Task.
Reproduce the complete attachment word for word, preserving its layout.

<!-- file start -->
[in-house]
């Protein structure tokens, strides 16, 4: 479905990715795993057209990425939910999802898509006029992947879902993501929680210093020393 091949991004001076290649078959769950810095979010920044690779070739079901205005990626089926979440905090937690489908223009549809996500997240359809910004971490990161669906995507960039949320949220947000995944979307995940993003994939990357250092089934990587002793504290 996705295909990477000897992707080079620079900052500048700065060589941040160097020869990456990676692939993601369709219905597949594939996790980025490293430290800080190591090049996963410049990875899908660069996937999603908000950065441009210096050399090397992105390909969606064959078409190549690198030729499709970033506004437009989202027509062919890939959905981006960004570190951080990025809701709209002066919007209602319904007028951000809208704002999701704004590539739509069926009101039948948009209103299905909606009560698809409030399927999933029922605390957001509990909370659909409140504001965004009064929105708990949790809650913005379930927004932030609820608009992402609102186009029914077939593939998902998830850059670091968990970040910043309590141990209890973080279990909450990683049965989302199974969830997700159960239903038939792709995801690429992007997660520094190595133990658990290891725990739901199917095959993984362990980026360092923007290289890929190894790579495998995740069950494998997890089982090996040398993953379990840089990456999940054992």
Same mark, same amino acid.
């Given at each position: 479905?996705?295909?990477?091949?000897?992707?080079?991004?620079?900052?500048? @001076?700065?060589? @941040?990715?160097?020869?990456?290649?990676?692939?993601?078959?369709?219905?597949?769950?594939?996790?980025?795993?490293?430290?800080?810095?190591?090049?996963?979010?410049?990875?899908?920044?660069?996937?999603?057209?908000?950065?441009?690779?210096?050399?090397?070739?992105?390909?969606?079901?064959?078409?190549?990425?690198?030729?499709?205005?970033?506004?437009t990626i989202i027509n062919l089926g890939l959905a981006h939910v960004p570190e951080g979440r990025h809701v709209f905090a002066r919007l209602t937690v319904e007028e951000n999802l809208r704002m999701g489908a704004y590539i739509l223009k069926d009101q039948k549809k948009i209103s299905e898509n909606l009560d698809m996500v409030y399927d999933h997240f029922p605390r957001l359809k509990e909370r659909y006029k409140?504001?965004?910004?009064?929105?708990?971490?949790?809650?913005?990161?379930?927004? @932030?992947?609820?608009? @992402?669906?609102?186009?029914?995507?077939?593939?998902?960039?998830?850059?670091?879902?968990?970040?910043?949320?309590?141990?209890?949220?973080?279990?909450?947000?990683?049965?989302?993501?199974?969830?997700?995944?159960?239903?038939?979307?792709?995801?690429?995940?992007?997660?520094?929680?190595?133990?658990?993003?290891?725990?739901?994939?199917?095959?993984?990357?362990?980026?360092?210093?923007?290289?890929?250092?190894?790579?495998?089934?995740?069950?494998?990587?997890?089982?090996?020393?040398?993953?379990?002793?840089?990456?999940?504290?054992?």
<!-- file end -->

[in-house]
């Protein structure tokens, strides 16, 4: 479905990715795993057209990425939910999802898509006029992947879902993501929680210093020393 091949991004001076290649078959769950810095979010920044690779070739079901205005990626089926979440905090937690489908223009549809996500997240359809910004971490990161669906995507960039949320949220947000995944979307995940993003994939990357250092089934990587002793504290 996705295909990477000897992707080079620079900052500048700065060589941040160097020869990456990676692939993601369709219905597949594939996790980025490293430290800080190591090049996963410049990875899908660069996937999603908000950065441009210096050399090397992105390909969606064959078409190549690198030729499709970033506004437009989202027509062919890939959905981006960004570190951080990025809701709209002066919007209602319904007028951000809208704002999701704004590539739509069926009101039948948009209103299905909606009560698809409030399927999933029922605390957001509990909370659909409140504001965004009064929105708990949790809650913005379930927004932030609820608009992402609102186009029914077939593939998902998830850059670091968990970040910043309590141990209890973080279990909450990683049965989302199974969830997700159960239903038939792709995801690429992007997660520094190595133990658990290891725990739901199917095959993984362990980026360092923007290289890929190894790579495998995740069950494998997890089982090996040398993953379990840089990456999940054992």
Same mark, same amino acid.
């Given at each position: 479905?996705?295909?990477?091949?000897?992707?080079?991004?620079?900052?500048? @001076?700065?060589? @941040?990715?160097?020869?990456?290649?990676?692939?993601?078959?369709?219905?597949?769950?594939?996790?980025?795993?490293?430290?800080?810095?190591?090049?996963?979010?410049?990875?899908?920044?660069?996937?999603?057209?908000?950065?441009?690779?210096?050399?090397?070739?992105?390909?969606?079901?064959?078409?190549?990425?690198?030729?499709?205005?970033?506004?437009t990626i989202i027509n062919l089926g890939l959905a981006h939910v960004p570190e951080g979440r990025h809701v709209f905090a002066r919007l209602t937690v319904e007028e951000n999802l809208r704002m999701g489908a704004y590539i739509l223009k069926d009101q039948k549809k948009i209103s299905e898509n909606l009560d698809m996500v409030y399927d999933h997240f029922p605390r957001l359809k509990e909370r659909y006029k409140?504001?965004?910004?009064?929105?708990?971490?949790?809650?913005?990161?379930?927004? @932030?992947?609820?608009? @992402?669906?609102?186009?029914?995507?077939?593939?998902?960039?998830?850059?670091?879902?968990?970040?910043?949320?309590?141990?209890?949220?973080?279990?909450?947000?990683?049965?989302?993501?199974?969830?997700?995944?159960?239903?038939?979307?792709?995801?690429?995940?992007?997660?520094?929680?190595?133990?658990?993003?290891?725990?739901?994939?199917?095959?993984?990357?362990?980026?360092?210093?923007?290289?890929?250092?190894?790579?495998?089934?995740?069950?494998?990587?997890?089982?090996?020393?040398?993953?379990?002793?840089?990456?999940?504290?054992?």